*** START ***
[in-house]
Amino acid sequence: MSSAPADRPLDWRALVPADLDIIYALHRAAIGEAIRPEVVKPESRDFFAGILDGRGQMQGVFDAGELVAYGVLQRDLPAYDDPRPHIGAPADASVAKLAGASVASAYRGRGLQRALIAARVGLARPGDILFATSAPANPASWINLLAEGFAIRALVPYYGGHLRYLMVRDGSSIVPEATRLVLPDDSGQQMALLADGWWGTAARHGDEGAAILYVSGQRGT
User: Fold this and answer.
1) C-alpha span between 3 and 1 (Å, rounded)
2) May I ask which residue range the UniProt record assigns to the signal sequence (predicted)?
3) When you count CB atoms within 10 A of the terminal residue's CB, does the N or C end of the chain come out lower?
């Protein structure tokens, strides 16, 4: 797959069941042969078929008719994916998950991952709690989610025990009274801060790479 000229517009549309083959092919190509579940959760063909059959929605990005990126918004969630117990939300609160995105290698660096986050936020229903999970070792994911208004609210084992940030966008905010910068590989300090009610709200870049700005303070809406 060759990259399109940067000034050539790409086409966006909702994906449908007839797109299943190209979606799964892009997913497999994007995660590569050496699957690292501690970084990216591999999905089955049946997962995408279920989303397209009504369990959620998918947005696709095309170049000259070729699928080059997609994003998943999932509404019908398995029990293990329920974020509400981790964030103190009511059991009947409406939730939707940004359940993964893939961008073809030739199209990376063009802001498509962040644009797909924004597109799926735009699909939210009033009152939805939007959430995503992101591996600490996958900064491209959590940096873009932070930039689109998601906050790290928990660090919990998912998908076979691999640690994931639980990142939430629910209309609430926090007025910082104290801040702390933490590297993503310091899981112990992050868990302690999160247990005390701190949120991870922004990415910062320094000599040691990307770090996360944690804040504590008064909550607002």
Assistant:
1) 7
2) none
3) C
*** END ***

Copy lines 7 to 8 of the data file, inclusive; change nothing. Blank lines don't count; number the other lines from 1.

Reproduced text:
């Protein structure tokens, strides 16, 4: 797959069941042969078929008719994916998950991952709690989610025990009274801060790479 000229517009549309083959092919190509579940959760063909059959929605990005990126918004969630117990939300609160995105290698660096986050936020229903999970070792994911208004609210084992940030966008905010910068590989300090009610709200870049700005303070809406 060759990259399109940067000034050539790409086409966006909702994906449908007839797109299943190209979606799964892009997913497999994007995660590569050496699957690292501690970084990216591999999905089955049946997962995408279920989303397209009504369990959620998918947005696709095309170049000259070729699928080059997609994003998943999932509404019908398995029990293990329920974020509400981790964030103190009511059991009947409406939730939707940004359940993964893939961008073809030739199209990376063009802001498509962040644009797909924004597109799926735009699909939210009033009152939805939007959430995503992101591996600490996958900064491209959590940096873009932070930039689109998601906050790290928990660090919990998912998908076979691999640690994931639980990142939430629910209309609430926090007025910082104290801040702390933490590297993503310091899981112990992050868990302690999160247990005390701190949120991870922004990415910062320094000599040691990307770090996360944690804040504590008064909550607002």
Assistant: